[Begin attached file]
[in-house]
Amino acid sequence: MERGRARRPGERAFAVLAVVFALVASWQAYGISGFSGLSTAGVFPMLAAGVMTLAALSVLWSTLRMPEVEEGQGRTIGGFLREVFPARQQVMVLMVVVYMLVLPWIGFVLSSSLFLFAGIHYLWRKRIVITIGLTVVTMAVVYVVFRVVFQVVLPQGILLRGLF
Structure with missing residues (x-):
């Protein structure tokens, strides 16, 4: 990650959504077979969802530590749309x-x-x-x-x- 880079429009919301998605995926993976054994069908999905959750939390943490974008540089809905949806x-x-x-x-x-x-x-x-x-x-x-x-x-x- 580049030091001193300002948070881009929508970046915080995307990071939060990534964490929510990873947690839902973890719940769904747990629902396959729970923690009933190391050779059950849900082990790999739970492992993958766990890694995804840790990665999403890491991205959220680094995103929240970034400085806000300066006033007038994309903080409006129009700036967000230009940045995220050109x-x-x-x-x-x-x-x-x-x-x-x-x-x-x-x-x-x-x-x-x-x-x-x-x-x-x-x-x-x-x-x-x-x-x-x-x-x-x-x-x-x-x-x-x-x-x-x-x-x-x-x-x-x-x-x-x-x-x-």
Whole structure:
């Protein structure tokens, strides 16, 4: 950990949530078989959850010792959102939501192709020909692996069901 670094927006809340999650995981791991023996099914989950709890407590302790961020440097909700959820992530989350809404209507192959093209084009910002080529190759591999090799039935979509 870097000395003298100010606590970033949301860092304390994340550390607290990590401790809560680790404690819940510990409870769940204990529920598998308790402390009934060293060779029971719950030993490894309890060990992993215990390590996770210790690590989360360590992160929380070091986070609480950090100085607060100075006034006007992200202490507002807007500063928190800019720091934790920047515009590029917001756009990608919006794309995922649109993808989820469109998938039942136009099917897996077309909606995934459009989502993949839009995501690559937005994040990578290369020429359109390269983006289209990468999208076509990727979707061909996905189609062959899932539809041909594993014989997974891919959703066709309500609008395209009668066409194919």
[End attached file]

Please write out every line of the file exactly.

[in-house]
Amino acid sequence: MERGRARRPGERAFAVLAVVFALVASWQAYGISGFSGLSTAGVFPMLAAGVMTLAALSVLWSTLRMPEVEEGQGRTIGGFLREVFPARQQVMVLMVVVYMLVLPWIGFVLSSSLFLFAGIHYLWRKRIVITIGLTVVTMAVVYVVFRVVFQVVLPQGILLRGLF
Structure with missing residues (x-):
């Protein structure tokens, strides 16, 4: 990650959504077979969802530590749309x-x-x-x-x- 880079429009919301998605995926993976054994069908999905959750939390943490974008540089809905949806x-x-x-x-x-x-x-x-x-x-x-x-x-x- 580049030091001193300002948070881009929508970046915080995307990071939060990534964490929510990873947690839902973890719940769904747990629902396959729970923690009933190391050779059950849900082990790999739970492992993958766990890694995804840790990665999403890491991205959220680094995103929240970034400085806000300066006033007038994309903080409006129009700036967000230009940045995220050109x-x-x-x-x-x-x-x-x-x-x-x-x-x-x-x-x-x-x-x-x-x-x-x-x-x-x-x-x-x-x-x-x-x-x-x-x-x-x-x-x-x-x-x-x-x-x-x-x-x-x-x-x-x-x-x-x-x-x-």
Whole structure:
């Protein structure tokens, strides 16, 4: 950990949530078989959850010792959102939501192709020909692996069901 670094927006809340999650995981791991023996099914989950709890407590302790961020440097909700959820992530989350809404209507192959093209084009910002080529190759591999090799039935979509 870097000395003298100010606590970033949301860092304390994340550390607290990590401790809560680790404690819940510990409870769940204990529920598998308790402390009934060293060779029971719950030993490894309890060990992993215990390590996770210790690590989360360590992160929380070091986070609480950090100085607060100075006034006007992200202490507002807007500063928190800019720091934790920047515009590029917001756009990608919006794309995922649109993808989820469109998938039942136009099917897996077309909606995934459009989502993949839009995501690559937005994040990578290369020429359109390269983006289209990468999208076509990727979707061909996905189609062959899932539809041909594993014989997974891919959703066709309500609008395209009668066409194919």